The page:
Tuesday, November 5, 2013

Roaring into Kitchener

Shaking of the cobwebs and getting out the Pledge to dust off this blog just in time for the first leg of the Olympic playdown process. Today, in Kitchener, the awkwardly named Road to the Roar begins with 24 teams vying for the final spots in the Capital One Roar of the Rings. 

Not sure who came up with the Road to the Roar tagline but it's only slightly better than the Pre-trials, which is what this event seems to be called by most folks I talk to. 

So the basics: 12 men's teams for two spots, 12 women's teams for two spots. The men’s field includes reigning Brier winners Brad Jacobs from the Soo, who admitted in his home town paper that the rink is coming in perhaps a big fatigued from all the bench presses from a busy schedule.

We've played a lot of great teams. We've won a couple events this year, (but) we've slipped as of late. And honestly, I think we can chalk it up to fatigue lately,” Jacobs said earlier this week.Jacobs has been to five World Curling Tour events so far this season. He won the first two, finished third at the next one and was forced to settle for fifth place in the most recent events.He said the past two tournaments were a wake-up call.“We qualified for the playoffs in both of the tournaments and then lost. It was definitely a hard pill to swallow,” said the Sault skip.
I still find it a bit strange that the reigning Brier champs aren't already through to the final stage (as do the reigning Brier champs). 

There are six other teams from Ontario (including the North) in the men’s side. Also sliding into the Aud this week is a much happier John Morris and his new rink from Vernon/Kelowna/Calgary, B.C./Alta. I suspect there will be no shirt ripping this week.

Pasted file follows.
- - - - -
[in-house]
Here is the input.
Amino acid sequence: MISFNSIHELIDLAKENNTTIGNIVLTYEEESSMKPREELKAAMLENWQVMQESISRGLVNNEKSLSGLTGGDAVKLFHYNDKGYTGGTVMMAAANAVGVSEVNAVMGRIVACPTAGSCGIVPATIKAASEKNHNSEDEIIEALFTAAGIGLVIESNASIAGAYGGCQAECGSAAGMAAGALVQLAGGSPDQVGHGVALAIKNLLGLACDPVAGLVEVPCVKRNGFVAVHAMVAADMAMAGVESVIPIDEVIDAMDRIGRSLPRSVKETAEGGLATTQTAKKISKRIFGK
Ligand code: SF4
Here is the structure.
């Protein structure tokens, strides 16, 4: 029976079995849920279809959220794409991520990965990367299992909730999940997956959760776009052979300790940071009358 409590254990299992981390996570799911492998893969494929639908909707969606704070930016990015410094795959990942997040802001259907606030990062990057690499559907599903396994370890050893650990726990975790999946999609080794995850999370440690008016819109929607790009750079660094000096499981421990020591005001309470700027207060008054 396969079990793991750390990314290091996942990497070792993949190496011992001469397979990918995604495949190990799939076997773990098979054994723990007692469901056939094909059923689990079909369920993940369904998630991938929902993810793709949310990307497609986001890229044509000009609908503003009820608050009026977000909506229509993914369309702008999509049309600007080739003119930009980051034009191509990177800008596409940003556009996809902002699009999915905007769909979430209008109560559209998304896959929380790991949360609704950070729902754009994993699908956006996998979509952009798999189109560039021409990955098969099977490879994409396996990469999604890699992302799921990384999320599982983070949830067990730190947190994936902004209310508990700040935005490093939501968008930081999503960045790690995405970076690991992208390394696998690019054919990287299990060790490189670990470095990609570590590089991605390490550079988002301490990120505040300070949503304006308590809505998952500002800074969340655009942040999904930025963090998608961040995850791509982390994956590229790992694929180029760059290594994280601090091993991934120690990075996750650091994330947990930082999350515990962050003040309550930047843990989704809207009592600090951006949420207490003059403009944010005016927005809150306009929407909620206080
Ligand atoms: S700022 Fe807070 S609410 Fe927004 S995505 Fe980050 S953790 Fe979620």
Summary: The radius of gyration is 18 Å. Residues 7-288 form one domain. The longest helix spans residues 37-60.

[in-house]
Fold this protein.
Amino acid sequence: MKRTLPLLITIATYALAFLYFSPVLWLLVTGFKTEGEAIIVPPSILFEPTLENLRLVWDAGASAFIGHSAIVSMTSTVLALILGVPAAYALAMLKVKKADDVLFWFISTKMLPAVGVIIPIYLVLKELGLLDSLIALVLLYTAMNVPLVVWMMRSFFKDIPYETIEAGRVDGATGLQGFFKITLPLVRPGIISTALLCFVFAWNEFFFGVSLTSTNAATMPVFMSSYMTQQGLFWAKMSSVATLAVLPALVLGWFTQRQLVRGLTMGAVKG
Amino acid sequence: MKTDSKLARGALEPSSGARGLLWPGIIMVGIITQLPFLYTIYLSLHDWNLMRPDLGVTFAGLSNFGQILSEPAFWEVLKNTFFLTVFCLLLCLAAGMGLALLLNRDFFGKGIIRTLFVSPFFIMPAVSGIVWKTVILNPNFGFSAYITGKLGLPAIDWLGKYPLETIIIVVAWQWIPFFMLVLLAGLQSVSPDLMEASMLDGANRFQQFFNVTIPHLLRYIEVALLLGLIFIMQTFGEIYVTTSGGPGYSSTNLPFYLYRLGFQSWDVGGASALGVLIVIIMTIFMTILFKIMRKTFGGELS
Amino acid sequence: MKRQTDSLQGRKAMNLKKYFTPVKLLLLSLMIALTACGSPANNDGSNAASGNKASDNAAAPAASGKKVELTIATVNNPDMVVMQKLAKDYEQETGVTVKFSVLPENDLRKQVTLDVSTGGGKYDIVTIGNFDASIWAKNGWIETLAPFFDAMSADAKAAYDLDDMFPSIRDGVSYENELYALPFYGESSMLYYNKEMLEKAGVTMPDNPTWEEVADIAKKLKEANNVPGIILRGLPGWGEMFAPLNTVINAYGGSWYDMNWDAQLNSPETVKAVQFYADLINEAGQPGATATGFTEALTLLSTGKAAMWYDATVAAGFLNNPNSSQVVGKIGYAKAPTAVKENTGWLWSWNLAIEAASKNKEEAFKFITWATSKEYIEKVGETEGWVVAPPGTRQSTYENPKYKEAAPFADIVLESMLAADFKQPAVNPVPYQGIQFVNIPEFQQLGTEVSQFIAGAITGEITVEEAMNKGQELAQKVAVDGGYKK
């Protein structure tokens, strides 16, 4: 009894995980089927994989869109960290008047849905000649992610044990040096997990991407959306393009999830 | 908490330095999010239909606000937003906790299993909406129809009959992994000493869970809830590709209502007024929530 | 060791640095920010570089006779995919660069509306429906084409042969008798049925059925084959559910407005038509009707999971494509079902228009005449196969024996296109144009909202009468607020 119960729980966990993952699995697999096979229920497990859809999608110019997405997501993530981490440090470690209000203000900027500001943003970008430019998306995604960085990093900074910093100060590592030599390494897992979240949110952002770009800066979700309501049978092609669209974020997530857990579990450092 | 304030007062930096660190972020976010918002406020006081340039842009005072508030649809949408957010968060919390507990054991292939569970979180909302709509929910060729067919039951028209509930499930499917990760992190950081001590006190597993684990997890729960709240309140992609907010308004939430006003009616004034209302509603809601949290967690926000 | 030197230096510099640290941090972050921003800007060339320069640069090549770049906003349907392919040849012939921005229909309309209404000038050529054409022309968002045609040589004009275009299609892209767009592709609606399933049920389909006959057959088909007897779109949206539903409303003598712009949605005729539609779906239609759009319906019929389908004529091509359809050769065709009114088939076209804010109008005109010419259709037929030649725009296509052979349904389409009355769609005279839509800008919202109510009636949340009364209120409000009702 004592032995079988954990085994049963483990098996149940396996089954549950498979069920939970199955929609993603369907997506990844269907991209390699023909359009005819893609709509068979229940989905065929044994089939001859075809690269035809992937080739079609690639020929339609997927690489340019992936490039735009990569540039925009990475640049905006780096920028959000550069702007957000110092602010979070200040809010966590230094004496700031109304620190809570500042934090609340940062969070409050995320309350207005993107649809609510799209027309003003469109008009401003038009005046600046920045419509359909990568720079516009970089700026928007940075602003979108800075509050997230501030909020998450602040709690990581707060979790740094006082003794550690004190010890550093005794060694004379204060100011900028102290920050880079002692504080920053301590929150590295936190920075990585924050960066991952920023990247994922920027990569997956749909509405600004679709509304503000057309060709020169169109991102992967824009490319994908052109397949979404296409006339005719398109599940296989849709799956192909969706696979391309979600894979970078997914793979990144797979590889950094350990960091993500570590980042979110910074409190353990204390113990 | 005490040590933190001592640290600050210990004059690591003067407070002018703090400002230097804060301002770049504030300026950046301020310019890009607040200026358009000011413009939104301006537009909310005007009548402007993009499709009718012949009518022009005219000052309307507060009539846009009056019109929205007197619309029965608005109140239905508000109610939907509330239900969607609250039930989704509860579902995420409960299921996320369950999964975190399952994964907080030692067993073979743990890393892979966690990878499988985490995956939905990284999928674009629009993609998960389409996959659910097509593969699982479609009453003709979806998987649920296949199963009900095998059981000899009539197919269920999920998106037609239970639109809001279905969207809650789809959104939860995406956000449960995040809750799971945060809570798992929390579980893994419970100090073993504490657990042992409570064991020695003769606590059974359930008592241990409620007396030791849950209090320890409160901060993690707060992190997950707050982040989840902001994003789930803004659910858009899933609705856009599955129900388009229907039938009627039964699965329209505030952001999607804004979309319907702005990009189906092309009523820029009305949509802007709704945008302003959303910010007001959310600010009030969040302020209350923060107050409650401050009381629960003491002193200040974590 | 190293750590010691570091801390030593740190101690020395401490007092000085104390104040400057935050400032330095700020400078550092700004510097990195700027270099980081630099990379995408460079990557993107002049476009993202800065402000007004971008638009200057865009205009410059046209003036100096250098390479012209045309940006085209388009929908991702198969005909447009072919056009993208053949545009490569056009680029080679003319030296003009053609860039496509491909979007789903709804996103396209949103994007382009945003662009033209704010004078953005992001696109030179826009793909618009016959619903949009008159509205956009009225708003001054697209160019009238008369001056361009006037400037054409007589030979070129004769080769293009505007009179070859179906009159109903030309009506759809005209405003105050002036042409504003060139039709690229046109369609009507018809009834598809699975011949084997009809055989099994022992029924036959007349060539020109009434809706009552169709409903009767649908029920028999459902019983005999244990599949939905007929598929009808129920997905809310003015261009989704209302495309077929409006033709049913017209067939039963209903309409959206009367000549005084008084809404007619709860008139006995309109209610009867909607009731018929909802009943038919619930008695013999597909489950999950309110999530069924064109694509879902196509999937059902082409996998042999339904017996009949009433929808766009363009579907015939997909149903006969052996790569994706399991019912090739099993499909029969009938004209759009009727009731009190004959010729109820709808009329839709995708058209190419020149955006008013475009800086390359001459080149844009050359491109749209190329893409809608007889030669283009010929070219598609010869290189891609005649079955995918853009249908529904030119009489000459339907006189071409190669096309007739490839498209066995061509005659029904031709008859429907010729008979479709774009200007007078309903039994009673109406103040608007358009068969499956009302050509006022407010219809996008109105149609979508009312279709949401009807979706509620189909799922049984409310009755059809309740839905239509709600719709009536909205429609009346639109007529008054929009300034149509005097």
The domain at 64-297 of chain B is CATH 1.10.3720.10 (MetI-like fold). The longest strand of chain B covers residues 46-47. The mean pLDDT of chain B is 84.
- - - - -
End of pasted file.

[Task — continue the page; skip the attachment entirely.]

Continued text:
On the women’s side there is a whole bunch of Alberta teams set for a run at the two available spots. A half a dozen call Alberta home including the 2010 silver medalist Cheryl Bernard.

Laura Crocker, a transplanted Ontarian now calling Edmonton home, told Norm Cowley of the Edmonton Journal that it’s been a long wait to get to the big show.

“It feels like it’s taken forever to come, but at the same time, it’s like, ‘Wo, it’s happened so fast this year already,’ ” said Laura Crocker, 22, a two-time Canadian Interuniversity Sport champion who is the No. 2 seed at the pre-trials after ranking eighth in the Canadian Team Ranking System last season.“We’re definitely really excited to get there,” she said.“We feel really prepared, so you just want to get out and play. The longer you wait, I don’t know how to explain it, we just want to play.”

Crocker also got some ink in the Guelph Mercury, where she was lauded as a former Laurier Golden Hawk and then subjected to a bunch of bad cooking metaphors.

Crocker will have to prepare a top-two finish in Kitchener to even qualify for the Olympic trials in Winnipeg from Dec. 1-8. A half-baked effort won't cut it, she admits.

Play gets u

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